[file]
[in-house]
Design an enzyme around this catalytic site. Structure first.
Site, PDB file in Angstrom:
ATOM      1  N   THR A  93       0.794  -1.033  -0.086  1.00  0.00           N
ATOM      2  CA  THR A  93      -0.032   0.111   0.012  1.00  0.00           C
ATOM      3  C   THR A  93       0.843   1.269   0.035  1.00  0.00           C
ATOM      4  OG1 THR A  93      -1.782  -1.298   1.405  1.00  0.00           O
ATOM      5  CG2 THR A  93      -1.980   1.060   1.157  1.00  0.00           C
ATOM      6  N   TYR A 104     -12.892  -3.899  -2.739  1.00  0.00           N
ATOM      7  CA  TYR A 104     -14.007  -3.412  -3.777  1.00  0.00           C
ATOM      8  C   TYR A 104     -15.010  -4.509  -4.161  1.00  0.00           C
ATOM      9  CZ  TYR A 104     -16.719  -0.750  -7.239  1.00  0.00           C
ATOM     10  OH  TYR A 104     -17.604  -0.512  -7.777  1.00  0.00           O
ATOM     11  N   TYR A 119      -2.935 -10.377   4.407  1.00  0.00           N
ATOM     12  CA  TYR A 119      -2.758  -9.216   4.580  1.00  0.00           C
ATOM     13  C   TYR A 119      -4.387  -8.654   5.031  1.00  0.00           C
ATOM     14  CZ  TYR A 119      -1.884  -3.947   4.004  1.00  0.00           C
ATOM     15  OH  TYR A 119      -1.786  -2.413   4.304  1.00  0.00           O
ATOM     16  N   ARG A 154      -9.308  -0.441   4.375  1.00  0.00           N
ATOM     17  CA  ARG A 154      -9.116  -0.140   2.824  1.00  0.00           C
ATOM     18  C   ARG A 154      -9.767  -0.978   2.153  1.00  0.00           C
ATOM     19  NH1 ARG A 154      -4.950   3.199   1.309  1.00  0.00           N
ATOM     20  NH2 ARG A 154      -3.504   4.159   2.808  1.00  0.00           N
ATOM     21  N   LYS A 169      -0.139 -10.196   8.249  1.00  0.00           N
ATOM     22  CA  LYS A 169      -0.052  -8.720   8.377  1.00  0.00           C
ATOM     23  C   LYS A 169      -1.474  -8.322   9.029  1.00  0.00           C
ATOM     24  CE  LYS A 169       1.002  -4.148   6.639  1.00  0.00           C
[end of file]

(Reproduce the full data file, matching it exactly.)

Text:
[in-house]
Design an enzyme around this catalytic site. Structure first.
Site, PDB file in Angstrom:
ATOM      1  N   THR A  93       0.794  -1.033  -0.086  1.00  0.00           N
ATOM      2  CA  THR A  93      -0.032   0.111   0.012  1.00  0.00           C
ATOM      3  C   THR A  93       0.843   1.269   0.035  1.00  0.00           C
ATOM      4  OG1 THR A  93      -1.782  -1.298   1.405  1.00  0.00           O
ATOM      5  CG2 THR A  93      -1.980   1.060   1.157  1.00  0.00           C
ATOM      6  N   TYR A 104     -12.892  -3.899  -2.739  1.00  0.00           N
ATOM      7  CA  TYR A 104     -14.007  -3.412  -3.777  1.00  0.00           C
ATOM      8  C   TYR A 104     -15.010  -4.509  -4.161  1.00  0.00           C
ATOM      9  CZ  TYR A 104     -16.719  -0.750  -7.239  1.00  0.00           C
ATOM     10  OH  TYR A 104     -17.604  -0.512  -7.777  1.00  0.00           O
ATOM     11  N   TYR A 119      -2.935 -10.377   4.407  1.00  0.00           N
ATOM     12  CA  TYR A 119      -2.758  -9.216   4.580  1.00  0.00           C
ATOM     13  C   TYR A 119      -4.387  -8.654   5.031  1.00  0.00           C
ATOM     14  CZ  TYR A 119      -1.884  -3.947   4.004  1.00  0.00           C
ATOM     15  OH  TYR A 119      -1.786  -2.413   4.304  1.00  0.00           O
ATOM     16  N   ARG A 154      -9.308  -0.441   4.375  1.00  0.00           N
ATOM     17  CA  ARG A 154      -9.116  -0.140   2.824  1.00  0.00           C
ATOM     18  C   ARG A 154      -9.767  -0.978   2.153  1.00  0.00           C
ATOM     19  NH1 ARG A 154      -4.950   3.199   1.309  1.00  0.00           N
ATOM     20  NH2 ARG A 154      -3.504   4.159   2.808  1.00  0.00           N
ATOM     21  N   LYS A 169      -0.139 -10.196   8.249  1.00  0.00           N
ATOM     22  CA  LYS A 169      -0.052  -8.720   8.377  1.00  0.00           C
ATOM     23  C   LYS A 169      -1.474  -8.322   9.029  1.00  0.00           C
ATOM     24  CE  LYS A 169       1.002  -4.148   6.639  1.00  0.00           C